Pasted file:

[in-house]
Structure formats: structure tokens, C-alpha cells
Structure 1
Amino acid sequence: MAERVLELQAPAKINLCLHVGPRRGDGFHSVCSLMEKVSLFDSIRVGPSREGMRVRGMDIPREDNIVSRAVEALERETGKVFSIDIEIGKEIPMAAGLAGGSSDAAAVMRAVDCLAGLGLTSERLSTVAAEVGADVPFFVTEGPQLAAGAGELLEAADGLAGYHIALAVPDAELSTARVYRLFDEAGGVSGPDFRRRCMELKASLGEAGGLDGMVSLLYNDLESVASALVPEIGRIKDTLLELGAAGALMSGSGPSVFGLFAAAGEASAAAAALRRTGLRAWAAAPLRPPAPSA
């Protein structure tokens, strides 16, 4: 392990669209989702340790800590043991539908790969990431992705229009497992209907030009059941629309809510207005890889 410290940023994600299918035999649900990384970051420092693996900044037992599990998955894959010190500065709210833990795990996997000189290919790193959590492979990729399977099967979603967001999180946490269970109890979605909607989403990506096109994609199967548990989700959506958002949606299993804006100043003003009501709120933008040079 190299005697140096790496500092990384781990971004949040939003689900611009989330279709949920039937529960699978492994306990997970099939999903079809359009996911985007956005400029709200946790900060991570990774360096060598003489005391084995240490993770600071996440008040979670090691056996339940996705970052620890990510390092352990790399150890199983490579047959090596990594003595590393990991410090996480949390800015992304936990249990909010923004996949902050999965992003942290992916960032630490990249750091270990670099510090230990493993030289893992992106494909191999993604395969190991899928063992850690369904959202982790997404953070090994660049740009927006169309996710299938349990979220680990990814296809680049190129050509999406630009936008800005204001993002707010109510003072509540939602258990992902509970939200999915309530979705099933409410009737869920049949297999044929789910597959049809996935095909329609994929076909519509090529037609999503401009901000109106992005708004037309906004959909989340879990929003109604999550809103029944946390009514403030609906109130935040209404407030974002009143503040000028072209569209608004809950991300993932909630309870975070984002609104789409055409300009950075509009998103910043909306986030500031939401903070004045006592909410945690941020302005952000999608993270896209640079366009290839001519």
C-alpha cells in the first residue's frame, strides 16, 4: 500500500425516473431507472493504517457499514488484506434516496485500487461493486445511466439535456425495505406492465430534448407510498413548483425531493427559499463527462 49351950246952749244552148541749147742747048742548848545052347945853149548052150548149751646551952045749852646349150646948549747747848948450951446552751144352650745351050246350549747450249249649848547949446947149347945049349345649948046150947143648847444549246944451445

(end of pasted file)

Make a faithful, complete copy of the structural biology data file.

[in-house]
Structure formats: structure tokens, C-alpha cells
Structure 1
Amino acid sequence: MAERVLELQAPAKINLCLHVGPRRGDGFHSVCSLMEKVSLFDSIRVGPSREGMRVRGMDIPREDNIVSRAVEALERETGKVFSIDIEIGKEIPMAAGLAGGSSDAAAVMRAVDCLAGLGLTSERLSTVAAEVGADVPFFVTEGPQLAAGAGELLEAADGLAGYHIALAVPDAELSTARVYRLFDEAGGVSGPDFRRRCMELKASLGEAGGLDGMVSLLYNDLESVASALVPEIGRIKDTLLELGAAGALMSGSGPSVFGLFAAAGEASAAAAALRRTGLRAWAAAPLRPPAPSA
């Protein structure tokens, strides 16, 4: 392990669209989702340790800590043991539908790969990431992705229009497992209907030009059941629309809510207005890889 410290940023994600299918035999649900990384970051420092693996900044037992599990998955894959010190500065709210833990795990996997000189290919790193959590492979990729399977099967979603967001999180946490269970109890979605909607989403990506096109994609199967548990989700959506958002949606299993804006100043003003009501709120933008040079 190299005697140096790496500092990384781990971004949040939003689900611009989330279709949920039937529960699978492994306990997970099939999903079809359009996911985007956005400029709200946790900060991570990774360096060598003489005391084995240490993770600071996440008040979670090691056996339940996705970052620890990510390092352990790399150890199983490579047959090596990594003595590393990991410090996480949390800015992304936990249990909010923004996949902050999965992003942290992916960032630490990249750091270990670099510090230990493993030289893992992106494909191999993604395969190991899928063992850690369904959202982790997404953070090994660049740009927006169309996710299938349990979220680990990814296809680049190129050509999406630009936008800005204001993002707010109510003072509540939602258990992902509970939200999915309530979705099933409410009737869920049949297999044929789910597959049809996935095909329609994929076909519509090529037609999503401009901000109106992005708004037309906004959909989340879990929003109604999550809103029944946390009514403030609906109130935040209404407030974002009143503040000028072209569209608004809950991300993932909630309870975070984002609104789409055409300009950075509009998103910043909306986030500031939401903070004045006592909410945690941020302005952000999608993270896209640079366009290839001519």
C-alpha cells in the first residue's frame, strides 16, 4: 500500500425516473431507472493504517457499514488484506434516496485500487461493486445511466439535456425495505406492465430534448407510498413548483425531493427559499463527462 49351950246952749244552148541749147742747048742548848545052347945853149548052150548149751646551952045749852646349150646948549747747848948450951446552751144352650745351050246350549747450249249649848547949446947149347945049349345649948046150947143648847444549246944451445